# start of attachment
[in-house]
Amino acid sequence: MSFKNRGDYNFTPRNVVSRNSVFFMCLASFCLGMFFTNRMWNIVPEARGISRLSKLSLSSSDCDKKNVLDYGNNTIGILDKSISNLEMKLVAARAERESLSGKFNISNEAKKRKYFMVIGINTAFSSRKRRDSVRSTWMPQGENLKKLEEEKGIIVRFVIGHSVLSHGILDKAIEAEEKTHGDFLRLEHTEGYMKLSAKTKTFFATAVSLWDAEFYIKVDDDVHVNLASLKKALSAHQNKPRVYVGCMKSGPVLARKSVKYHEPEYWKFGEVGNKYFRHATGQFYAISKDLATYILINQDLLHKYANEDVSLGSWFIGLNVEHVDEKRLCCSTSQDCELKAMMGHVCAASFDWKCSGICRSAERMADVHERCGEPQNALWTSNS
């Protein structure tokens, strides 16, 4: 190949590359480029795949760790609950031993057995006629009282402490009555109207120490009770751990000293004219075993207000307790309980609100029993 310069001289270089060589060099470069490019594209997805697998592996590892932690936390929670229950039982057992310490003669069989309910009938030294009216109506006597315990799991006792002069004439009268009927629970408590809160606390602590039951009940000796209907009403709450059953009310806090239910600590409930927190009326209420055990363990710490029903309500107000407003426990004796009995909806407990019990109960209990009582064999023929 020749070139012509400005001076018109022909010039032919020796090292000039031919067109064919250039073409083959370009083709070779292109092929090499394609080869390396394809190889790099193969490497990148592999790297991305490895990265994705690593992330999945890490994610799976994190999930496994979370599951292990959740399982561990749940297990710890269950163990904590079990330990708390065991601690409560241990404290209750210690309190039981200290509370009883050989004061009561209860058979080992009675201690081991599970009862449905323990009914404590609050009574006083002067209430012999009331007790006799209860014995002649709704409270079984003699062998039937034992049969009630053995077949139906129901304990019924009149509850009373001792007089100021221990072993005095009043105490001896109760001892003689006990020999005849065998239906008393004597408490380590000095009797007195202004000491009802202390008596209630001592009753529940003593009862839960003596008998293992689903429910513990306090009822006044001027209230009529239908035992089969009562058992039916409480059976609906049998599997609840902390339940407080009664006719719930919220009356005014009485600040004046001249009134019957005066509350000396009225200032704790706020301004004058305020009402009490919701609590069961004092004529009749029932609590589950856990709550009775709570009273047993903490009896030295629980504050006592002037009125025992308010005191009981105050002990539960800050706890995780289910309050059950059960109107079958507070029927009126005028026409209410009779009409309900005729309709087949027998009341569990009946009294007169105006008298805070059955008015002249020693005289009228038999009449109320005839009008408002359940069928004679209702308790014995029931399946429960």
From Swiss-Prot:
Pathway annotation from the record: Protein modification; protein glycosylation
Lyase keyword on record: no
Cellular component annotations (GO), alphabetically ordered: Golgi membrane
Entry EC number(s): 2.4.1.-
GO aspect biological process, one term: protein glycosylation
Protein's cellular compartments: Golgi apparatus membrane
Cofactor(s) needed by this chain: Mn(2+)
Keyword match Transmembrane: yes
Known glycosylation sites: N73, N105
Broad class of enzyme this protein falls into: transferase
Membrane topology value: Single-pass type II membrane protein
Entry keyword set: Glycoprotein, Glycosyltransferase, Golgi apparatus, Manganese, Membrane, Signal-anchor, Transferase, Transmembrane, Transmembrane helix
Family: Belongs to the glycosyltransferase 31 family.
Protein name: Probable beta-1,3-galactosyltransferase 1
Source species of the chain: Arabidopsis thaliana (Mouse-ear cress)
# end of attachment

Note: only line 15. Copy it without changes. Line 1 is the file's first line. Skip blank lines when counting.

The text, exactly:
Membrane topology value: Single-pass type II membrane protein